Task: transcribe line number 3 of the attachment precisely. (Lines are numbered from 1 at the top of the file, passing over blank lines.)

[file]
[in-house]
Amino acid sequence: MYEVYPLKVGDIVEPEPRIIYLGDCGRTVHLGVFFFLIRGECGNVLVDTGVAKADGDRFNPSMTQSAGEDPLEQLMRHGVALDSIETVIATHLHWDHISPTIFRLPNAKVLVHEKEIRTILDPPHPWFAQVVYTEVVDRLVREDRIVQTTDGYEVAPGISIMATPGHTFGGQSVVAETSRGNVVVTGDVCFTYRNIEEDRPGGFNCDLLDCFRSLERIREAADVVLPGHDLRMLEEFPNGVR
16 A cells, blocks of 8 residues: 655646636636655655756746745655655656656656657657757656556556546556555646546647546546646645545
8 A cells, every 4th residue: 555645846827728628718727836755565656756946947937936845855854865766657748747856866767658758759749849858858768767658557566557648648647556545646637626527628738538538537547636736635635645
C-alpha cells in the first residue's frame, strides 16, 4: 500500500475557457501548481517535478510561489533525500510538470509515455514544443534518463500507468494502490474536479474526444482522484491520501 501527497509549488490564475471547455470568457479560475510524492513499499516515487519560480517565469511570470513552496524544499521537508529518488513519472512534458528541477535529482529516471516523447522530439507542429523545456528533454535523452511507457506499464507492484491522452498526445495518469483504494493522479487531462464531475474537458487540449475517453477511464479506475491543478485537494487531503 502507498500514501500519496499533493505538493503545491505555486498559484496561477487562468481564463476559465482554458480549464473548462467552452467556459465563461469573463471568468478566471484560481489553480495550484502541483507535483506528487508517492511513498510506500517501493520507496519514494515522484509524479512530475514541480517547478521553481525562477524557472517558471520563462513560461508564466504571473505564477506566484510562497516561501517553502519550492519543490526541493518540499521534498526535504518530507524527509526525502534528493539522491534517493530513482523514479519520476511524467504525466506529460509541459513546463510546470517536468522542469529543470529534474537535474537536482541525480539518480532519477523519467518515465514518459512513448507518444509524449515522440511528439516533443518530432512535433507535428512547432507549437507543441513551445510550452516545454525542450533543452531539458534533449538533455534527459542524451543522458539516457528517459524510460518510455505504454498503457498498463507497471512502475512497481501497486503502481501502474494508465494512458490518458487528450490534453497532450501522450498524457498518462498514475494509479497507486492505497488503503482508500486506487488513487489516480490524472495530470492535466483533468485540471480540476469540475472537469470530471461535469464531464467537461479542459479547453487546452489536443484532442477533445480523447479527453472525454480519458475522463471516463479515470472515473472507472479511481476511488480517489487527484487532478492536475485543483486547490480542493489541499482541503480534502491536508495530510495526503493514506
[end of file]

16 A cells, blocks of 8 residues: 655646636636655655756746745655655656656656657657757656556556546556555646546647546546646645545